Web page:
By Pieter Klaassen CANNA Research
Plants need roots in order to stay upright and not to be blown over by the wind. Water and nutrients also enter the plant through the root system.
The root system will continue to increase in volume for as long as the plant as a whole, including the foliage, continues to grow. When a certain equilibrium has been reached, the plant will simply maintain its volume, and cease to grow. Even in this state of equilibrium, the roots continue to grow, but will die back partly as well. To understand this better, we will have to divide the root system into parts.
The root system
As mentioned, the root system will only increase in volume for as long as the rest of the plant continues to grow. However, transpiration from the leaves can also cause more roots to form in order to pump up the water needed. In the end, an equilibrium is established between the roots and the plant.
A general rule of thumb is that the root system should comprise 30% of the total plant volume. Although this rule applies fairly consistently to plants in the open air, in substrate culture this does not always have to be the case.
You can grow large plants in small pots as long as you supply them with water and nutrients and do not allow the pot to get too dry or too wet. To reduce the chance of this happening, we advise a large medium volume (>200 L CANNA Terra/m2).
In hydro cultures you will also see that fewer roots are needed in order to grow a larger plant. This is because each root hair is able to absorb more water and nutrients. This is one of the reasons that hydro culture has the potential to produce higher yields.
Root tip and a cross section of the root tip
The root hairs are where most of the nutrients and water are absorbed. The root tip produces new cells on a daily basis, and thus also root hairs. When the plant is short of water and/or nutrients, it will devote more assimilates (photosynthesis energy) to producing more cells in the root tip. This also generates more root hairs until the root has found what the plant needs (more water or nutrients). The oldest root hairs will then die off.
In practice, as the medium gets drier, the root starts looking for water and will produce more cells, and thus more root hairs. Absorption capacity increases, because more root hairs are produced. But the youngest root hairs will enter even more “moist” soil. The plant can still take up water and sometimes even more! This is why the general advice is to grow on the dry side: when you water, some of the root hairs become redundant. To limit the energy-loss (dissimilation energy), the oldest root hairs will die off.
If you give the plant too much water, all the root hairs will die off. Effectively, the roots drown and it takes at least three days before a root tip has produced enough new cells with root hairs. The dying off of root hairs also happens after repotting the plants or after moving them very roughly. So when this is the case, go gently on your climate control the first 3 days. And pay good attention to the watering: don't overdo it but on the other hand, don't let the plant dry out too much.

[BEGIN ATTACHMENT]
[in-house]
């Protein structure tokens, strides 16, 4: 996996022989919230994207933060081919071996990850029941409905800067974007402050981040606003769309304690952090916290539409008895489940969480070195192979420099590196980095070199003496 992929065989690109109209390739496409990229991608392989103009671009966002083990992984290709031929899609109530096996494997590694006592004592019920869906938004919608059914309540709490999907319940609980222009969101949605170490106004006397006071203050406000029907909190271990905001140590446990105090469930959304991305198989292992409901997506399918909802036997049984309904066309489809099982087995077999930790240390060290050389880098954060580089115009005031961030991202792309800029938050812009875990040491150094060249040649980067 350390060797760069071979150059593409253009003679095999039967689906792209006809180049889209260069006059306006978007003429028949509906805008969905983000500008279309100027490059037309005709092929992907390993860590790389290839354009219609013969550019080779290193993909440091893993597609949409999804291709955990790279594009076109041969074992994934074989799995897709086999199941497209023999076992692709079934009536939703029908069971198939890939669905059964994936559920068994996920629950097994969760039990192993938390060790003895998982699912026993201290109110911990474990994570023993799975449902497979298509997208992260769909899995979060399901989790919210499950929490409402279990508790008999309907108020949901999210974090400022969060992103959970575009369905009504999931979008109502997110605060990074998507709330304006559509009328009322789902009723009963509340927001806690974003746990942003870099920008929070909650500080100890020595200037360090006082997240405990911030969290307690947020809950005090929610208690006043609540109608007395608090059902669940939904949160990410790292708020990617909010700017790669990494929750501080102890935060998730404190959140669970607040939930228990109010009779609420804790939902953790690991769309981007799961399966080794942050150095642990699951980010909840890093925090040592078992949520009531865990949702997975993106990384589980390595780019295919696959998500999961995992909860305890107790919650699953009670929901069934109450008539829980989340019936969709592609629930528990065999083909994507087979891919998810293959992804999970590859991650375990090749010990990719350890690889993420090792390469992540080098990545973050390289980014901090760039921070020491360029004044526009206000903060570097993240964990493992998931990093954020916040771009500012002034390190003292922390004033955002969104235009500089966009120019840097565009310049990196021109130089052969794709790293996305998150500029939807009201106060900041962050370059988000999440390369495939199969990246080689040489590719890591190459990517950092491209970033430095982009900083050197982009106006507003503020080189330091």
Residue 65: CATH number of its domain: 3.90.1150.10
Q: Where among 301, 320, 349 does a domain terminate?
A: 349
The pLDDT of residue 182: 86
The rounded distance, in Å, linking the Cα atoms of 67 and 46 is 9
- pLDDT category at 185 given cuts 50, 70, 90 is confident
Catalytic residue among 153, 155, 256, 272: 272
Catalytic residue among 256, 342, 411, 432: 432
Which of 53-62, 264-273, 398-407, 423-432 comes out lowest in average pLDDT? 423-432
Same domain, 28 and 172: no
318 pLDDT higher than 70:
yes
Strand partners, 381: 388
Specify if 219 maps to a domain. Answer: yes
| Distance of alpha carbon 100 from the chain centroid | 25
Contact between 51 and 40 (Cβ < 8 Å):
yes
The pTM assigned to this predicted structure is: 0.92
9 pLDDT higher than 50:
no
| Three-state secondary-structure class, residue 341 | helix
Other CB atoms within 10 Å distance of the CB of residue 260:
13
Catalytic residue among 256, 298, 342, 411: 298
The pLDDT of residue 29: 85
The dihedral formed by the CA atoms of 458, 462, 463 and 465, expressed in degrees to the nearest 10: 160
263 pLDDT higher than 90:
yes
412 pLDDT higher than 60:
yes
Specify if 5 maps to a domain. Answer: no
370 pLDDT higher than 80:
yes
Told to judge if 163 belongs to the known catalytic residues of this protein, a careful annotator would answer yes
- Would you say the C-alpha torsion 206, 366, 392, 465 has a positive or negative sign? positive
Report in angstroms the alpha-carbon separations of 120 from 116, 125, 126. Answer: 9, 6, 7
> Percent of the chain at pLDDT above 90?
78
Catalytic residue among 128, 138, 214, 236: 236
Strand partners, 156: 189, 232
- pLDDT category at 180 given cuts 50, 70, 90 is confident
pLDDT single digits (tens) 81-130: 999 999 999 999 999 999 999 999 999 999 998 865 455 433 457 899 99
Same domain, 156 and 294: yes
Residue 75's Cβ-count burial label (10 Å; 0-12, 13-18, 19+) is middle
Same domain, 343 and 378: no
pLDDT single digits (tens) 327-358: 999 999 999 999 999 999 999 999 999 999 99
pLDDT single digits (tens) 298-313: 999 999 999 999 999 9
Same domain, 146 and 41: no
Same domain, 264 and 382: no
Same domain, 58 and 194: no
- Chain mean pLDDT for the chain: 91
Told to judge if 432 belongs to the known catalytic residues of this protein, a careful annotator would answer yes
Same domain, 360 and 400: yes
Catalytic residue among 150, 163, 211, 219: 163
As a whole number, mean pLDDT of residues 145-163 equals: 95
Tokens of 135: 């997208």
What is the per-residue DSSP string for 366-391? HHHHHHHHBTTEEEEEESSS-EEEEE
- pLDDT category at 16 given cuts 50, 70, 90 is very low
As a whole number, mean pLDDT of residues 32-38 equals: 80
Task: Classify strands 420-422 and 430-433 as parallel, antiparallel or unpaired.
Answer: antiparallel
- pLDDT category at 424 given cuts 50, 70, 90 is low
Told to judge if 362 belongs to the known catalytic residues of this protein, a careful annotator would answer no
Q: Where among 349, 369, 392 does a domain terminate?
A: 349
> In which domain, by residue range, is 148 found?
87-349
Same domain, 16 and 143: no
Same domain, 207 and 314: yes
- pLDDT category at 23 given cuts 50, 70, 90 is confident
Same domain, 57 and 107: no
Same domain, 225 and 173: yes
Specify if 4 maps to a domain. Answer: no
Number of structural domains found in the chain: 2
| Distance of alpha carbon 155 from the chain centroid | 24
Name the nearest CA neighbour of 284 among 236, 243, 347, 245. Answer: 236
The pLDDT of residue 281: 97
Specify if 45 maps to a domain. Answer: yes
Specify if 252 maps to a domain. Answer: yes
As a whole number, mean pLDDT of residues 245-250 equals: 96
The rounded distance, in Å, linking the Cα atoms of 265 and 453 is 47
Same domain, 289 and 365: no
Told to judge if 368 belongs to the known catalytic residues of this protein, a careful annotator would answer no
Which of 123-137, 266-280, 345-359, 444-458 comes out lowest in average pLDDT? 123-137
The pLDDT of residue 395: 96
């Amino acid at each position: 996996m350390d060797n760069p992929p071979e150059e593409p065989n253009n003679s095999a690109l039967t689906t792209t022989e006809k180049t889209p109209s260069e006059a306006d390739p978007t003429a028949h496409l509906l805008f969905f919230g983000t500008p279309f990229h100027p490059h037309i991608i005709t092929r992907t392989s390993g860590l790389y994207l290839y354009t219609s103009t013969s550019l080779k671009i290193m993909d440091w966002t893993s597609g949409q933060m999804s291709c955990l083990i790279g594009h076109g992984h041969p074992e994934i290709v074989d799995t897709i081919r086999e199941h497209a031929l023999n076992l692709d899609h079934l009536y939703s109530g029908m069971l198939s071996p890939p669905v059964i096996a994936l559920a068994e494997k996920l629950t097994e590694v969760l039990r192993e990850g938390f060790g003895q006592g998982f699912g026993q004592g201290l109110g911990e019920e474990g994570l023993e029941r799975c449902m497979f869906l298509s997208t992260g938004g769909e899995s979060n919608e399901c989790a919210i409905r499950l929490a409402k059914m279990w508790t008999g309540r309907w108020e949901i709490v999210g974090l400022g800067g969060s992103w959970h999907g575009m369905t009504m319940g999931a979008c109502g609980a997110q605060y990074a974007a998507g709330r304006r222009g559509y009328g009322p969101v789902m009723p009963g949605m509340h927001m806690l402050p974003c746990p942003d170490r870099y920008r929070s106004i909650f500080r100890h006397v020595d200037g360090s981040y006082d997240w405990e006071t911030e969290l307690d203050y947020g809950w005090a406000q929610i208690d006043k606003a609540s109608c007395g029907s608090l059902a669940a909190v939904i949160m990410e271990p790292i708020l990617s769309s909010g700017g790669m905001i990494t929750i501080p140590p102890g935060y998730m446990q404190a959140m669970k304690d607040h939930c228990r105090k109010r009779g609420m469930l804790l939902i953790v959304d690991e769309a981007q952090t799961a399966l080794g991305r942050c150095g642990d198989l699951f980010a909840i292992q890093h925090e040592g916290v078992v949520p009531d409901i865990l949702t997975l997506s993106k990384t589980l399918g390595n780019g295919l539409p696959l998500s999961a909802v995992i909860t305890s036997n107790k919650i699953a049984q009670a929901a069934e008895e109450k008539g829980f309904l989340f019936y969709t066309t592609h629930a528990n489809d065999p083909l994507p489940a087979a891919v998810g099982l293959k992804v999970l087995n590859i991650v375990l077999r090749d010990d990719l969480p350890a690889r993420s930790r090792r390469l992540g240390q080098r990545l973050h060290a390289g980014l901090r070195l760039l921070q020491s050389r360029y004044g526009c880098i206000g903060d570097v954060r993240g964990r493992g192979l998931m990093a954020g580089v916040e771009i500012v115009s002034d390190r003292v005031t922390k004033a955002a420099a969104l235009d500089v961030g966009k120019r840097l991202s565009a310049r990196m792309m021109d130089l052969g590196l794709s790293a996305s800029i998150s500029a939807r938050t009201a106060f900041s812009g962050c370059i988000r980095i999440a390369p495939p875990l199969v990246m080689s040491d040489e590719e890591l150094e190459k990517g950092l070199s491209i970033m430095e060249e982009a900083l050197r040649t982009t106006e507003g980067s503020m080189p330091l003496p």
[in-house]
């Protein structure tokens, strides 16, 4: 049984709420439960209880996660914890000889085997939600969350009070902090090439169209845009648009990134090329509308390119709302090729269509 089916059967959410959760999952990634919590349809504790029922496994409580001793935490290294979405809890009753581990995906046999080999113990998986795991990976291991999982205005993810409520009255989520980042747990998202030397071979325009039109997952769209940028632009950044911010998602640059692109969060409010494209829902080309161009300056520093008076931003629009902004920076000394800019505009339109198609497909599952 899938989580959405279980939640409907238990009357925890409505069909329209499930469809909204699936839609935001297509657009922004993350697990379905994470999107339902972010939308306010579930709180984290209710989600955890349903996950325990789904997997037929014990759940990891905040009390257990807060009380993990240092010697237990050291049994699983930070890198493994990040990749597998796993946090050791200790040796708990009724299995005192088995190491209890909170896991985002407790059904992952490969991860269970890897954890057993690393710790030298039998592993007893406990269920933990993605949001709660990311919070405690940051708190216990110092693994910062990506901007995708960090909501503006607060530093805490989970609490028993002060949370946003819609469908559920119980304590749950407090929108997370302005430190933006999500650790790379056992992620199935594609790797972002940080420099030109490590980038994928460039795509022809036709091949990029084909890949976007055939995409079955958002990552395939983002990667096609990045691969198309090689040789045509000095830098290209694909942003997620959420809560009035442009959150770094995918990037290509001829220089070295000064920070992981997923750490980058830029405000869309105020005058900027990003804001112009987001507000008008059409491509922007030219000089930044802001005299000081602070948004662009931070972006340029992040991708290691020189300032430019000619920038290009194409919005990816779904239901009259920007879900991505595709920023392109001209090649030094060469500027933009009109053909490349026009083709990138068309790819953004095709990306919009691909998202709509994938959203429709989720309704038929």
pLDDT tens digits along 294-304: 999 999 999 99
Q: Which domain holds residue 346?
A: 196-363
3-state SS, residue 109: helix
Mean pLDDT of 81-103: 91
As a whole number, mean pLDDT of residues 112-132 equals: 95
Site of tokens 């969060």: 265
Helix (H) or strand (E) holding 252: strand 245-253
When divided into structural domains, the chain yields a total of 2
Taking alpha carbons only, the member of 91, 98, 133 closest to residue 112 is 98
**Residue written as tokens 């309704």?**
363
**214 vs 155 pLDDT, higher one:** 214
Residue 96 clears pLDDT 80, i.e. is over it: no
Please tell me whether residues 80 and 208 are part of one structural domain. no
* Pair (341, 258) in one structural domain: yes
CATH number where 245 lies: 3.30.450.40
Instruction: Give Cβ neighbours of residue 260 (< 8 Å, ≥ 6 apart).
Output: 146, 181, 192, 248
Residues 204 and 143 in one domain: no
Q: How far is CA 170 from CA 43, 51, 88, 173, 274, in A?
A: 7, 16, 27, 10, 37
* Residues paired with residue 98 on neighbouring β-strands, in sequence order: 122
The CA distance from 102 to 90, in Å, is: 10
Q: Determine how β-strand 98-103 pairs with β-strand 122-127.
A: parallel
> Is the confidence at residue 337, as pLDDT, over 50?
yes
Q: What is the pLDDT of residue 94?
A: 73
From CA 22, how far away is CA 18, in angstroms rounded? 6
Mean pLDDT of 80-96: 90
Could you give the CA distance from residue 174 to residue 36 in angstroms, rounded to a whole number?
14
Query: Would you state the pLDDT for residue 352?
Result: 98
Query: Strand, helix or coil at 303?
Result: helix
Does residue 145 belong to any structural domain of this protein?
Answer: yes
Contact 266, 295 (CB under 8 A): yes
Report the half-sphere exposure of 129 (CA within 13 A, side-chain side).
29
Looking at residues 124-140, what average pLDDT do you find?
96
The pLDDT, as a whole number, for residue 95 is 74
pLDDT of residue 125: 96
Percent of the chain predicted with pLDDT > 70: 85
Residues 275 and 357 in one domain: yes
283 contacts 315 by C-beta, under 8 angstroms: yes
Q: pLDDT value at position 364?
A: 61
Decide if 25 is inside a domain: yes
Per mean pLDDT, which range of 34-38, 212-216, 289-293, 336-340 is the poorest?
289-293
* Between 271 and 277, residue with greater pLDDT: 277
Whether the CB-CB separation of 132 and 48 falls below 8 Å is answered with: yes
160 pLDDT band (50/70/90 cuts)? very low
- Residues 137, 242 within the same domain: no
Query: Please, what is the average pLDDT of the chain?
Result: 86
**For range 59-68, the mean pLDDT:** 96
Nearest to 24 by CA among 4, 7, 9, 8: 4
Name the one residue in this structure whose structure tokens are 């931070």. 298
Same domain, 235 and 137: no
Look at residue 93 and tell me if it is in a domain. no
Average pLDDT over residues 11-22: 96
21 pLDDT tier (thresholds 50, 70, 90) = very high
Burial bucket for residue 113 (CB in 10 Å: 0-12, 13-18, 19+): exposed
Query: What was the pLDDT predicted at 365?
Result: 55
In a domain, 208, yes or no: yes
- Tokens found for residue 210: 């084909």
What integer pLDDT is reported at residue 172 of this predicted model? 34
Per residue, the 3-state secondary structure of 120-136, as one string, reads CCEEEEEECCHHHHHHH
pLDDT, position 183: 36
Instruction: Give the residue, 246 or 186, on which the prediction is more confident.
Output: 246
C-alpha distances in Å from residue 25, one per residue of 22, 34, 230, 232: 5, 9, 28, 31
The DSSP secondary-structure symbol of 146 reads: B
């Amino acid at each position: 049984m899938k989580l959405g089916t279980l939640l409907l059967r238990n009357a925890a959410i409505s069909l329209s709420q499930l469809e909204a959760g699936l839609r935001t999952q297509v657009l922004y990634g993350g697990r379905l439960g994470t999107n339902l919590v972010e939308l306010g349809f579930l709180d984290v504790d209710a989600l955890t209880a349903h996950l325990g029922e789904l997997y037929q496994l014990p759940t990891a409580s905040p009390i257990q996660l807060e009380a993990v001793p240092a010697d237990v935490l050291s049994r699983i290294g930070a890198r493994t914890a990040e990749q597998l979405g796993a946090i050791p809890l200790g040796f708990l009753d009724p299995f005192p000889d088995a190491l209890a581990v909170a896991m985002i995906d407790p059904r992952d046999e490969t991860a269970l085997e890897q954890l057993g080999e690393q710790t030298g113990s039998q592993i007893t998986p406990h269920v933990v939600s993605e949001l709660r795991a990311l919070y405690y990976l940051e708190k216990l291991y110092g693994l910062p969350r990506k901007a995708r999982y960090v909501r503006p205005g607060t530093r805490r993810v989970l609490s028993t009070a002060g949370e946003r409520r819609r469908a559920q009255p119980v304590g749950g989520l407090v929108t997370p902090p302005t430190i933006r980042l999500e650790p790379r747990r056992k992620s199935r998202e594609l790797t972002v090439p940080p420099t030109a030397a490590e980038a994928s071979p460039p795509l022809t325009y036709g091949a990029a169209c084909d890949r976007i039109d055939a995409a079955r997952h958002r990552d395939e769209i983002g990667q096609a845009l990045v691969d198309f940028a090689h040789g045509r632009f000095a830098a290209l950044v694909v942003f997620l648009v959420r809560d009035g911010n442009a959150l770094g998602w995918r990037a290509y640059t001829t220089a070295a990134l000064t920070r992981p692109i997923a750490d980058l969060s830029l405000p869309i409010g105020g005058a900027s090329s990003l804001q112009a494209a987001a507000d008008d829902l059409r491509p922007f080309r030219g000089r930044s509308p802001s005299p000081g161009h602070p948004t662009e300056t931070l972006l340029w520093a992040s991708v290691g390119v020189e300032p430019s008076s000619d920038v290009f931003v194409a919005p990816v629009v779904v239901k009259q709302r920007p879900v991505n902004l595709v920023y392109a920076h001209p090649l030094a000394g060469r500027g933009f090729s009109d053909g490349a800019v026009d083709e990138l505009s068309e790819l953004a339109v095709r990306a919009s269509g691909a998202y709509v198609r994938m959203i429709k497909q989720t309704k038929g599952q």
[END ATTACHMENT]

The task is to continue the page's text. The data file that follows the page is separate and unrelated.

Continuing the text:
Unlike the root hairs, the roots themselves are visible to humans. The root cells, without root hairs this time, will stretch to enable the propulsion of the youngest part of the root forwards. The outermost cells of the root suberise (form a hard surface, like the bark of a tree), after which they only serve as a pipeline to transport the water and nutrients absorbed towards the stem and the rest of the plant.
Plants in the vegetative phase will increase in weight, both above and below the ground. Even in the first stage of the generative phase, the leaf surface area will increase and an active climate will cause the roots to increase in volume. Eventually, an equilibrium will be reached. This maximum equilibrium usually comes when around 50% to 70% of the flowering period has elapsed (for example, week 6 of a 10-week growing cycle).
In cultures, the plant can absorb 5 to 6 litres of water/m2 per day. But in cultures more water can be absorbed with fewer root tips (but not fewer root-hairs!).
At the end of every root is the root tip. The root tip consists of a root cap and a growing point. The root cap is very hard and protects the growing point. It is so hard, in fact, that it can break and grow through asphalt if the cap has enough energy.
In the growing point behind the cap, new cells are created. The most important plant hormones are also produced here. It is these new cells that cause the roots to grow further through the medium. The roots are able to do this not only because new cells are created, but also because the existing cells are stretched. The first cells also contain bulges, called root hairs.